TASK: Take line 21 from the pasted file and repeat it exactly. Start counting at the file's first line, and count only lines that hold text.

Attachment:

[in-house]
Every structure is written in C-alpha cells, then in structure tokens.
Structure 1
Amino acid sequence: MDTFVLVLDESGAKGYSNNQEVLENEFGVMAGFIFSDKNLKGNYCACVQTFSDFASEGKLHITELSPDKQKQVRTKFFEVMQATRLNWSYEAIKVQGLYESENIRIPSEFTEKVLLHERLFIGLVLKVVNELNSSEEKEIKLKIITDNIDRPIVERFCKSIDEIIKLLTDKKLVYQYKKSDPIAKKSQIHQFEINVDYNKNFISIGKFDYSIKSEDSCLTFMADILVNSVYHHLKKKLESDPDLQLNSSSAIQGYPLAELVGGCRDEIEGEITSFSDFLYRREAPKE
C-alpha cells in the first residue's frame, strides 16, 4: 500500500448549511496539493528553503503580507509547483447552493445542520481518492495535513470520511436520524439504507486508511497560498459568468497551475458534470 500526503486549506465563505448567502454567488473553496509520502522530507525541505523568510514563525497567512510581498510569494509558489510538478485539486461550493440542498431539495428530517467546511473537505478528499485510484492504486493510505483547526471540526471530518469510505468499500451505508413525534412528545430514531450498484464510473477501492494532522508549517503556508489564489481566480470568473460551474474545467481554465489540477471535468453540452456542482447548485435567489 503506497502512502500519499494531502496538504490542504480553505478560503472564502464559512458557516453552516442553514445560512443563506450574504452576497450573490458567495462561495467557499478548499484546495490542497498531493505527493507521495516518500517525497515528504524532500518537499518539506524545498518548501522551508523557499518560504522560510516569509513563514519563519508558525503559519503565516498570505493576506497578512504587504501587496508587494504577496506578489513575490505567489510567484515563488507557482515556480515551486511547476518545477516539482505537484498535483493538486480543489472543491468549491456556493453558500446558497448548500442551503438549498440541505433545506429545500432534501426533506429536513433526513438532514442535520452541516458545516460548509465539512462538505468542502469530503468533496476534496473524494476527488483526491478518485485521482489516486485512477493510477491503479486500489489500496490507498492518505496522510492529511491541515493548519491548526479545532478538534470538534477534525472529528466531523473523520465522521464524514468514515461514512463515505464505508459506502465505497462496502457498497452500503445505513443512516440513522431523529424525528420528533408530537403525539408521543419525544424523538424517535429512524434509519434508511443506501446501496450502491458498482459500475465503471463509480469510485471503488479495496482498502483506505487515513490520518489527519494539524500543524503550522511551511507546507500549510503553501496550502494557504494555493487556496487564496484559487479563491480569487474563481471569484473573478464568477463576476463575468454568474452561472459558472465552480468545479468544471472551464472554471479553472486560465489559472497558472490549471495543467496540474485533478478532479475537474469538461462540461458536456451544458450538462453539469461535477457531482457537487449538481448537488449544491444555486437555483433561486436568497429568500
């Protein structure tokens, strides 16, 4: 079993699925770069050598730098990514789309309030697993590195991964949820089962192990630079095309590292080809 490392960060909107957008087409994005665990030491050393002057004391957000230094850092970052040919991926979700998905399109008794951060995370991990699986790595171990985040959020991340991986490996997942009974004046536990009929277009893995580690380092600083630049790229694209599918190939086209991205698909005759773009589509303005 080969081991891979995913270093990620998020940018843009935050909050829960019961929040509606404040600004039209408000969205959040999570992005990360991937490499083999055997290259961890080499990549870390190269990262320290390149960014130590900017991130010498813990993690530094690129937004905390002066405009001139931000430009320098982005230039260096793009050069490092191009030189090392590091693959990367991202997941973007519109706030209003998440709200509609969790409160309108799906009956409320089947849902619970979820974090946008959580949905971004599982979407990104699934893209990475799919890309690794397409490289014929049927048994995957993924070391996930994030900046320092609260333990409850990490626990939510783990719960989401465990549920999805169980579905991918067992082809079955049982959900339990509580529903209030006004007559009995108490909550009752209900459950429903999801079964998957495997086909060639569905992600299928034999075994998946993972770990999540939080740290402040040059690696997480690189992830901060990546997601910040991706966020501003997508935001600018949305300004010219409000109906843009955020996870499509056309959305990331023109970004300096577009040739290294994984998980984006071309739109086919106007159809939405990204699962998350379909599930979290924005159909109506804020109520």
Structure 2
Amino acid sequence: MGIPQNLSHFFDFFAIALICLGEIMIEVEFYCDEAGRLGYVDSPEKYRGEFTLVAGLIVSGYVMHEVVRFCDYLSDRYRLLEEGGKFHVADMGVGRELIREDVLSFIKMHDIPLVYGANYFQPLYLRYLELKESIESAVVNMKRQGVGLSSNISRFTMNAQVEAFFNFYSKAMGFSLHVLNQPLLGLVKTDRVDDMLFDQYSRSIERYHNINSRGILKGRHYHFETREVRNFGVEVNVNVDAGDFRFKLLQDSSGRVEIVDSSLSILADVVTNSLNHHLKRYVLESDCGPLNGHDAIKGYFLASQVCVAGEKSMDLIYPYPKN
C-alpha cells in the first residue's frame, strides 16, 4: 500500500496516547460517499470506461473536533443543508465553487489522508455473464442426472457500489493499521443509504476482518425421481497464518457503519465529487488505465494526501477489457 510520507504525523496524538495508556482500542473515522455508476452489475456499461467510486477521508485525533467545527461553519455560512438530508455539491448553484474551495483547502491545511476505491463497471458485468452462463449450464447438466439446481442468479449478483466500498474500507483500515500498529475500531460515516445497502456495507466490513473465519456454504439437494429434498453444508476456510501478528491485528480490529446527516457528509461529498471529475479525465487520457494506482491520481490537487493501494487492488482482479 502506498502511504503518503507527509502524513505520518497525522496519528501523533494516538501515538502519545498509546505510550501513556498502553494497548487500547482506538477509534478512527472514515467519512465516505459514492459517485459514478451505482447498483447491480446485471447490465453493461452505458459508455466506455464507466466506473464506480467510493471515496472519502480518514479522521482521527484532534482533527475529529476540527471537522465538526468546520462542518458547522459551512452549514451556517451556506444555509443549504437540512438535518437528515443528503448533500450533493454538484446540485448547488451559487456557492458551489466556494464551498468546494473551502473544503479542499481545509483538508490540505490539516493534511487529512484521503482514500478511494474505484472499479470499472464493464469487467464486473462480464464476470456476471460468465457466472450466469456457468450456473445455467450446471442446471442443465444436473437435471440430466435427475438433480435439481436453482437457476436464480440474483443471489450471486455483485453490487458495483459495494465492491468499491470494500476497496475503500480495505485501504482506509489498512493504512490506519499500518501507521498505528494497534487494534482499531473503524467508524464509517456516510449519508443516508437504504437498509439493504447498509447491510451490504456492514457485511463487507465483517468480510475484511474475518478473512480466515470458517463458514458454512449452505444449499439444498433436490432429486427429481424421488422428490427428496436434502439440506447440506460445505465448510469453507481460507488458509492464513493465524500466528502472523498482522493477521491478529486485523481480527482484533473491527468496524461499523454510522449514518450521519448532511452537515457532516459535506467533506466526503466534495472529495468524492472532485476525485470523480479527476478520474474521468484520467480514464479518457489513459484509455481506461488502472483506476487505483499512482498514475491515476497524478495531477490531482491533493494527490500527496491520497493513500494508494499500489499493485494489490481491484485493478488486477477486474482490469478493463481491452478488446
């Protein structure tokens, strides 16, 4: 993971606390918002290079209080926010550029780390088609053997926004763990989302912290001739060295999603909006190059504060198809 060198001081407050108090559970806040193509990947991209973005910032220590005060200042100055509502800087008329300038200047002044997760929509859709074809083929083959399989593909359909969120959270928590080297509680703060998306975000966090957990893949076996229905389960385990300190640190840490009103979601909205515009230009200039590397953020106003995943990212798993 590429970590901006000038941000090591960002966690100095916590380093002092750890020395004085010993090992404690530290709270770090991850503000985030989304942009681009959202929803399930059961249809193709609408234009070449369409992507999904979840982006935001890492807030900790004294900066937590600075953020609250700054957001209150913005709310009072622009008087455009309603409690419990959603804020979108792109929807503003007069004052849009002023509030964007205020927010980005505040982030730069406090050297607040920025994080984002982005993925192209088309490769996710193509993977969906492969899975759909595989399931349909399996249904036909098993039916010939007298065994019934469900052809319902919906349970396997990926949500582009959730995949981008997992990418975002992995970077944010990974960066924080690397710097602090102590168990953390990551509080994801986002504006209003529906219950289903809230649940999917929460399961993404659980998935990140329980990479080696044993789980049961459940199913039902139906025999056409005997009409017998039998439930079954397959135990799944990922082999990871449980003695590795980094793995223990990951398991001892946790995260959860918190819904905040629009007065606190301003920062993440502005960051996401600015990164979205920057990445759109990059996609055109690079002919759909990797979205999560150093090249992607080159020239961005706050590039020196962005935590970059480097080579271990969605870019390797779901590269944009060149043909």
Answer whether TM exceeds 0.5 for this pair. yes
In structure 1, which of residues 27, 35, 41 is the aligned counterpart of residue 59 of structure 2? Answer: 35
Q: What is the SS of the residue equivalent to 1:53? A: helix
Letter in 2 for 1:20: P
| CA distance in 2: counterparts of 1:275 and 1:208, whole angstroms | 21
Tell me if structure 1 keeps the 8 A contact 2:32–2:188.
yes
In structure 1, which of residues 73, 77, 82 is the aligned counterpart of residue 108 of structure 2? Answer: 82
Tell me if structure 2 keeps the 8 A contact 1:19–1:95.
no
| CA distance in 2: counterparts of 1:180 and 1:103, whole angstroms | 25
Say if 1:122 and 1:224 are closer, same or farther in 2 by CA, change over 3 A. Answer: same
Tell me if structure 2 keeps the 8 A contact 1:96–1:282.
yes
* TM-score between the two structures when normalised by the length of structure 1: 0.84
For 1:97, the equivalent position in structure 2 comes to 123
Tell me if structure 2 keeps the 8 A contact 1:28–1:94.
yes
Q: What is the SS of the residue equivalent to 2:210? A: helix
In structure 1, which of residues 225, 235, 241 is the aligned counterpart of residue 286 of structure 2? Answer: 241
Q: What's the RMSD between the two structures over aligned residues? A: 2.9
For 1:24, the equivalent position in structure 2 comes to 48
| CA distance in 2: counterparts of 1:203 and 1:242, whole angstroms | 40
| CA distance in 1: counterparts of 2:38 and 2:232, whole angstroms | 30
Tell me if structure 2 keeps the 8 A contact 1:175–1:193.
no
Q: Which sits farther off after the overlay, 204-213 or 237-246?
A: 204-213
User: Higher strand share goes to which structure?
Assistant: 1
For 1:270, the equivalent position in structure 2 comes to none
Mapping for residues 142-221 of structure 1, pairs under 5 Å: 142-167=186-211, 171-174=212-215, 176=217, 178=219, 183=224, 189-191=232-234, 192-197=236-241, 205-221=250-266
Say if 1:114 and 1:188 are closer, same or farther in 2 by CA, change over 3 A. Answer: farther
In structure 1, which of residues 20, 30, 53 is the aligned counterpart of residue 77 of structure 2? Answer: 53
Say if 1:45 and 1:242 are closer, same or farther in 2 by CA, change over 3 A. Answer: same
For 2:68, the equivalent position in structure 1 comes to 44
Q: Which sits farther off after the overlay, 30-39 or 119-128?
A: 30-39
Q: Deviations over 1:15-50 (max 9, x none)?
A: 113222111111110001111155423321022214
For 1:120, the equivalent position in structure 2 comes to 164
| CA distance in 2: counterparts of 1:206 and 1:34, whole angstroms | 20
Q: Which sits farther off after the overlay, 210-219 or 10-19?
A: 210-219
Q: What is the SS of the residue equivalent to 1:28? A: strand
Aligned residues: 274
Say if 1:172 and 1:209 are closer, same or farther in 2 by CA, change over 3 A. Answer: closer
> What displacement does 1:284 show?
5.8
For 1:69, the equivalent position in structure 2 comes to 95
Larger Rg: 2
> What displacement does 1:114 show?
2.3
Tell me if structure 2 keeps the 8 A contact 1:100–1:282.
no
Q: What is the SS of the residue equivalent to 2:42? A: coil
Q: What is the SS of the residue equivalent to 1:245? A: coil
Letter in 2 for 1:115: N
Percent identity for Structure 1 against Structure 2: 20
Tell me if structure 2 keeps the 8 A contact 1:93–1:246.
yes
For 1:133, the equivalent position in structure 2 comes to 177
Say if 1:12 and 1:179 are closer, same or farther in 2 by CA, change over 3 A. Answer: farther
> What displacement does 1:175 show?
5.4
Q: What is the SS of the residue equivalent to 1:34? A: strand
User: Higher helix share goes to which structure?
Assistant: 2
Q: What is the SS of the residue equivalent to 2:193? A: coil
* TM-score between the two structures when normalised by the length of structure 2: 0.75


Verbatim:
| CA distance in 2: counterparts of 1:180 and 1:103, whole angstroms | 25